The Associated Press
CHARLESTON, W.Va. (AP) - The West Virginia State Police crime
lab is struggling to keep up with an increasing volume of
evidence, the lab's director says.
The DNA analysis section has a five-month backlog, while the
drug identification and latent fingerprints areas have several
months' worth of cases on hold, Capt. Ted Smith said. Lab sections
that analyze documents, toxicology, ballistics and trace evidence
- including fire accelerants - are on schedule, he said.
Staffing is another concern, Smith said.
"Whenever we have to replace employees ... that creates a time
lag for us," he said. "Sometimes it takes several months to get
Even new hires with four-year degrees require an additional six
months to two years of training, depending on their specialties,
Smith said. DNA analysts must train a year before working
Analysts earn an average of $30,000 to $35,000 per year, and
Smith said the lab has lost workers to medical schools and
industrial labs that offer higher pay.
Job stress can also be a factor in turnover, he said.
Meanwhile, recent turnover rates have left the lab's backlogged
sections with more trainees than fully trained workers, Smith
The DNA section has three replacements and three new analysts
in training, leaving only three fully trained workers. Three of
seven drug analysts and four of five fingerprint analysts are also
Problems may arise if the trained workers are needed to testify
in court as expert witnesses, Smith said.
"If the prosecutor doesn't manage their time well, we'll have
labs empty for days," he said.
The lab is working to hire more DNA analysts and streamline DNA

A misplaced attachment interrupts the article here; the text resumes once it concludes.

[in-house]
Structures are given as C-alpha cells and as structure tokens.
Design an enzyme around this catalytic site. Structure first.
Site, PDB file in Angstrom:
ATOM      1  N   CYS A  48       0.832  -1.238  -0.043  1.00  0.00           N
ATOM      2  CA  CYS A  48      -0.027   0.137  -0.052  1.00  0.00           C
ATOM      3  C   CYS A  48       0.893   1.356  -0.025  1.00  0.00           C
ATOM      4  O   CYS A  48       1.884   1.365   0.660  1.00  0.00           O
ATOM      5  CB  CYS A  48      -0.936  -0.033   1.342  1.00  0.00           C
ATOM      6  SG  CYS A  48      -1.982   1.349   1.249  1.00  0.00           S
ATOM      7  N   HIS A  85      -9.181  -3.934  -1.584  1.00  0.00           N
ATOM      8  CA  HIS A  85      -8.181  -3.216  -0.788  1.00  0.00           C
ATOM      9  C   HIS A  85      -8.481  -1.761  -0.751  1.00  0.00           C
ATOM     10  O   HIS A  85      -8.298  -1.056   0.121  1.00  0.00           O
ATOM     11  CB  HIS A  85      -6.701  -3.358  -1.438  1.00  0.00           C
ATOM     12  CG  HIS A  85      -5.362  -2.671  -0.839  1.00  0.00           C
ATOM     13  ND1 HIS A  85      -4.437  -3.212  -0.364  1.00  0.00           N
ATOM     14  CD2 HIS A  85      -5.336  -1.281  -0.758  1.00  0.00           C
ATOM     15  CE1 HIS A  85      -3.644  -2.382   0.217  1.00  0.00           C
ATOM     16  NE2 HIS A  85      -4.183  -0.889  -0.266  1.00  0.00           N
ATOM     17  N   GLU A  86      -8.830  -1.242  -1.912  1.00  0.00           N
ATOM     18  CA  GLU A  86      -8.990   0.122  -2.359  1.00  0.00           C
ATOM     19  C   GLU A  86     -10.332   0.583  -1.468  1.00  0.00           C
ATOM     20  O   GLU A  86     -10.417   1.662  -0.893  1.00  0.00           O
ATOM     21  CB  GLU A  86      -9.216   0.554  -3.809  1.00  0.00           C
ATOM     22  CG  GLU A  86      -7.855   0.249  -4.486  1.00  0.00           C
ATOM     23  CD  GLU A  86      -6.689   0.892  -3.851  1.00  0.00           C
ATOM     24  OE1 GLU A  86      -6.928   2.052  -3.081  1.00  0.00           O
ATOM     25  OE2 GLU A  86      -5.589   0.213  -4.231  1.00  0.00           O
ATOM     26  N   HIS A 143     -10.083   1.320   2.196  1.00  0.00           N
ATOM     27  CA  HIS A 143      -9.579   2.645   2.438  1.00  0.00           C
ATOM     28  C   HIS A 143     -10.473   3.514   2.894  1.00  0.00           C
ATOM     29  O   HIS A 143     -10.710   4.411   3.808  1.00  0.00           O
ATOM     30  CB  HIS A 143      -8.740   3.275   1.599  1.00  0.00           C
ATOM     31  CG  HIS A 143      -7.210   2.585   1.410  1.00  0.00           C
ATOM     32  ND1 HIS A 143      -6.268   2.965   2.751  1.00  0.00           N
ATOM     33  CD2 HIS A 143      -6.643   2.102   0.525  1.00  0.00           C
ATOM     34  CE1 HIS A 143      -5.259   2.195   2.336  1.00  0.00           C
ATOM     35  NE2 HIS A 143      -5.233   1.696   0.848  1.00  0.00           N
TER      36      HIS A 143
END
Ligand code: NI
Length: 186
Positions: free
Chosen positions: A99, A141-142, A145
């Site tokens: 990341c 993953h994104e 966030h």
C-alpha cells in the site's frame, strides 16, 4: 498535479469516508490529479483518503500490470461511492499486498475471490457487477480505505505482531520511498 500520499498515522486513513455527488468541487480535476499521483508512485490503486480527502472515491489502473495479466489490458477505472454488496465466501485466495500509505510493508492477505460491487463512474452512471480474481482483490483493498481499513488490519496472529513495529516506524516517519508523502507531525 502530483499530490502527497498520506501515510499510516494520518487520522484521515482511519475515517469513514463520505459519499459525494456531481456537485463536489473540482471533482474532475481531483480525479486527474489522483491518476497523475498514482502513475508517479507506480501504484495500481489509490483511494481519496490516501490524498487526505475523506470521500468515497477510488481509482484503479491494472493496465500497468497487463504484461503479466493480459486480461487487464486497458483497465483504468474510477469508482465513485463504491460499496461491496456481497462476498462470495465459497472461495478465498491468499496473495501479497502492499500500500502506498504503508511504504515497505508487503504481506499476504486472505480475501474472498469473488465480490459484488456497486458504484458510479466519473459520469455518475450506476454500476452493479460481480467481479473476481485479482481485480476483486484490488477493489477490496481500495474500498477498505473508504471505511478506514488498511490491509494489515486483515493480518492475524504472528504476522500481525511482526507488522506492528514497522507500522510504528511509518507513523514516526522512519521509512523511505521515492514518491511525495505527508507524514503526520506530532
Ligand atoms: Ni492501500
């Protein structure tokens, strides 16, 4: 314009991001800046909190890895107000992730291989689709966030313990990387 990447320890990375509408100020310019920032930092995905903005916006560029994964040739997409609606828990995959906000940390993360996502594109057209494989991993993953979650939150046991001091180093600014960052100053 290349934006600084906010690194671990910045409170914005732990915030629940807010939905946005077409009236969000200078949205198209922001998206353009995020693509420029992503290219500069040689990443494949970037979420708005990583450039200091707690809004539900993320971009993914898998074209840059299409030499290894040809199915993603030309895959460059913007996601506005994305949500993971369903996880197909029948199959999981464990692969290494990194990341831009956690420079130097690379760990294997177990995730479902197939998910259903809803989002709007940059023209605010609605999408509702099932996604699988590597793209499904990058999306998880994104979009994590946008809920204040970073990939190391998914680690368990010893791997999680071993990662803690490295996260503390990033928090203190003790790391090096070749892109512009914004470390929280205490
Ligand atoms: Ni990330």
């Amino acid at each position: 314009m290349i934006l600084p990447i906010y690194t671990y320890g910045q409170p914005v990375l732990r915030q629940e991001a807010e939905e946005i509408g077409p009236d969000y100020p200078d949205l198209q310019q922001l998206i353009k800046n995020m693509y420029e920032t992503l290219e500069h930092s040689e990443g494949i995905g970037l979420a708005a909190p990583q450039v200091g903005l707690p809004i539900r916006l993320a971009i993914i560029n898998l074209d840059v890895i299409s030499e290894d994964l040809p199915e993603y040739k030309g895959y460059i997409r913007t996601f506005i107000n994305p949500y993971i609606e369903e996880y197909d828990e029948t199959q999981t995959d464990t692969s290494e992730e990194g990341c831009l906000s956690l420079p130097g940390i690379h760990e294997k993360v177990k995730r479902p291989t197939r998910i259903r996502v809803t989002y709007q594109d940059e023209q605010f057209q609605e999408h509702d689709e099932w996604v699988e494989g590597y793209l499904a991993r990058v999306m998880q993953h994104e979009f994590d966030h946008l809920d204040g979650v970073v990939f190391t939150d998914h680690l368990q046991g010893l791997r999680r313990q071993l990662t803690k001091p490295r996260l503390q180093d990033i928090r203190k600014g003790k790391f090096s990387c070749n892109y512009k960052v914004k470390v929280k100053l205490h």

handling, Smith said. Some DNA analysts now specialize in
preparing evidence, while others work solely on analyzing
Smith also hopes the state will raise salaries or adjust
analysts' benefit packages to help keep workers.
The State Police has also recently signed an agreement with
Marshall and West Virginia universities to align the schools'
forensics curriculums so they more accurately reflect accredited
labs' needs and provide lab internships.
Besides the backlog and staffing issues, money is also an
issue. The lab's access to the State Police's overall annual
budget of $72 million has not grown proportionally with its
workload, Smith said.
State Police spokesman Lt. Mark Neal said now might not be the
best time to approach the state Legislature for more money, since
a shortfall has been predicted. He said that the State Police is
currently working to identify how to meet needs
The crime lab, accredited by the American Academy of Crime
Laboratory Directors, also handles evidence submitted by city
police and federal agencies, including the Bureau of Alcohol,
Tobacco and Firearms.